A former editor of his high-school paper in Naperville, Illinois, and online editor of the University of Missouriís independent paper, The Maneater, Holovaty was just recently hired for his Washington Post Interactive job, which entails developing everything from searchable databases to map interfaces. Happily, he gets to do the job from his home in Chicago.
Holovaty admits he is not sanguine about the future of the newspaper industry. "Iím not optimistic about it because journalists tend to be so resistant to change," he says. "Newspapers really ought to be investing in technology and bringing technology people on board. I mean, Google and Yahoo are gonna walk all over us."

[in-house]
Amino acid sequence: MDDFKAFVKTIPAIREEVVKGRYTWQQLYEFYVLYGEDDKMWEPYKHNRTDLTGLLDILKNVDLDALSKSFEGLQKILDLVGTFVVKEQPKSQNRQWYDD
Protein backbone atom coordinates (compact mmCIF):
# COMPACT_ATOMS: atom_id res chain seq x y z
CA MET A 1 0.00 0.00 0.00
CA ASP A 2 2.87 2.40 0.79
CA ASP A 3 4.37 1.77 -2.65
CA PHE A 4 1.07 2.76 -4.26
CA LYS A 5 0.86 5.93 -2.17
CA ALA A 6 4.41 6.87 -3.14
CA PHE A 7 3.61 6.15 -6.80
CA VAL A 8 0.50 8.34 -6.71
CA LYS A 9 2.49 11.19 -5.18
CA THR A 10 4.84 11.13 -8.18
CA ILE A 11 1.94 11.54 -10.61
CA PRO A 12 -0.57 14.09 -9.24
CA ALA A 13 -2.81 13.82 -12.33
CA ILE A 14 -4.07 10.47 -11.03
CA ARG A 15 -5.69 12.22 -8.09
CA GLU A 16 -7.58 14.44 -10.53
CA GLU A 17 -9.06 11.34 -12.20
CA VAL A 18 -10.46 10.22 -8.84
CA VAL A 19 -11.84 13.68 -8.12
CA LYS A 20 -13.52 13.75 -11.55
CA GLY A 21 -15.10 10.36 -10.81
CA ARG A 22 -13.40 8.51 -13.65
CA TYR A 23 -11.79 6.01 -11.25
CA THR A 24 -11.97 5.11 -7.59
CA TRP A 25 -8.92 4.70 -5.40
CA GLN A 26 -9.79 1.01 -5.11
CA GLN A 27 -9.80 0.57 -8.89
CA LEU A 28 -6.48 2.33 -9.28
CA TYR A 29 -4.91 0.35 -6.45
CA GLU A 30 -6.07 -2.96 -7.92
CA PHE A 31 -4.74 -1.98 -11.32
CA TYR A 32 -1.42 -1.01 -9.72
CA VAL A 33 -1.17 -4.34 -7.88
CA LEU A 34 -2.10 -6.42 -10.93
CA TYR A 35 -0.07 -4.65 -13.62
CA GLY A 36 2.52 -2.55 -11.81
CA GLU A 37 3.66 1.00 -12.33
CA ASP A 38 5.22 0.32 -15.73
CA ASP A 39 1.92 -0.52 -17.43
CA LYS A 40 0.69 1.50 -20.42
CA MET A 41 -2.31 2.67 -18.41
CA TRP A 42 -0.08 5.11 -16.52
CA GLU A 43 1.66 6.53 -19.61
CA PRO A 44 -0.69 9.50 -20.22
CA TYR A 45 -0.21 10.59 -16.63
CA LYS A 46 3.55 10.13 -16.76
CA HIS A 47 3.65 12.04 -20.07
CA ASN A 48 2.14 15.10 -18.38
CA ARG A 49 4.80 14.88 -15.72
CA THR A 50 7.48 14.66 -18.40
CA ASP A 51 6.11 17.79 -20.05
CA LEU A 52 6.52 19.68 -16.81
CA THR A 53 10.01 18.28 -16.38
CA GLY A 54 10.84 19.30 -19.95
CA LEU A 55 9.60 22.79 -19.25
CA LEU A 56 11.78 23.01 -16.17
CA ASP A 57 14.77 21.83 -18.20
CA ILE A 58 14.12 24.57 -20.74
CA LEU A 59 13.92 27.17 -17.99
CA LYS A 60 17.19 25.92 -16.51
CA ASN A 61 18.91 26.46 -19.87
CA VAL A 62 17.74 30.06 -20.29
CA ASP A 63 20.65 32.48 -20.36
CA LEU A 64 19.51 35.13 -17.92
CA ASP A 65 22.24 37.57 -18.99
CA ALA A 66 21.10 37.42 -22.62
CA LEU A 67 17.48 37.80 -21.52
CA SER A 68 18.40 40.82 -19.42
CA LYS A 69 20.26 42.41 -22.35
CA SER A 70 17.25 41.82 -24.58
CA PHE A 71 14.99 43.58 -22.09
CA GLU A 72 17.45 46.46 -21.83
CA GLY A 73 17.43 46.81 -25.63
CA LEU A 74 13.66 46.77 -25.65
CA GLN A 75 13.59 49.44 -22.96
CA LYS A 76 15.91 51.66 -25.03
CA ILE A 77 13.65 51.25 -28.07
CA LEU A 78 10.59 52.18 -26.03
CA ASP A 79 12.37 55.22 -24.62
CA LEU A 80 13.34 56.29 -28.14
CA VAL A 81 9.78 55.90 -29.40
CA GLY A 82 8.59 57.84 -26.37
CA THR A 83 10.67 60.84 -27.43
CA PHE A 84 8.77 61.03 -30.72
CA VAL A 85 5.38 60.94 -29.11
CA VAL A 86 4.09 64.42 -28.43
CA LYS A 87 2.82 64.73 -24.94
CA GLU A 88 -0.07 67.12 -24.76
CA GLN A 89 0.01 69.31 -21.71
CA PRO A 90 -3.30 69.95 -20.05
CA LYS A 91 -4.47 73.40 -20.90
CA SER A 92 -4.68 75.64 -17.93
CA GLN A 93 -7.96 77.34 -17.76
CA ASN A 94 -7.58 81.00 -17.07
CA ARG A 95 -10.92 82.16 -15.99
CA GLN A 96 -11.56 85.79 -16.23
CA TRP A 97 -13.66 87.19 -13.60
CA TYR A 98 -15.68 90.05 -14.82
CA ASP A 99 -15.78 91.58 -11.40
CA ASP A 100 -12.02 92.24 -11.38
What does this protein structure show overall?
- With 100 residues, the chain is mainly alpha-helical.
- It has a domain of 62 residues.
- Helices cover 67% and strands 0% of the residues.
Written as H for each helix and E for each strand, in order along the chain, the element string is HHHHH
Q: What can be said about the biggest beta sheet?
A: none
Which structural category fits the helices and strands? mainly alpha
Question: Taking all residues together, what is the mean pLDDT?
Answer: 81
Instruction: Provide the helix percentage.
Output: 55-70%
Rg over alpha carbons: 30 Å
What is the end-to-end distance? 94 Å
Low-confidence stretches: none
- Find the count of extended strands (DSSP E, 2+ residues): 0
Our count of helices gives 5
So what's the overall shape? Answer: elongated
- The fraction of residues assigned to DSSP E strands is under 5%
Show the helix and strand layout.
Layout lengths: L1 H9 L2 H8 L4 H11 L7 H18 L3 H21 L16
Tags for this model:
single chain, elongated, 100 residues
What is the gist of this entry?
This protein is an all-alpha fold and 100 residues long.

The young journalist who describes himself as a Web developer says his primary interests are "comforting the afflicted and afflicting the comfortable" and "public service, making information available to people." As someone who believes in the free (literally) flow of information, Holovaty says heís opposed to such experiments as the New York Timesí new program to charge for certain premium services online.
Dan Harris, 34, ABC news correspondent
After Dan Harris left his job at WCSH-TV in Portland, Maine, he had some trouble on the job market. "Nobody wants me because I look like Iím seven," recalls Harris. "I couldnít get a job."
But he did have a connection in Charlie Kravetz, an executive at the Boston-regional cable-news outlet, NECN. A Newton native and Colby College graduate, Harris worked at NECN from 1997 to 2000 until the big call came from New York. Itís no mean feat graduating from local cable news to a nightly network newscast.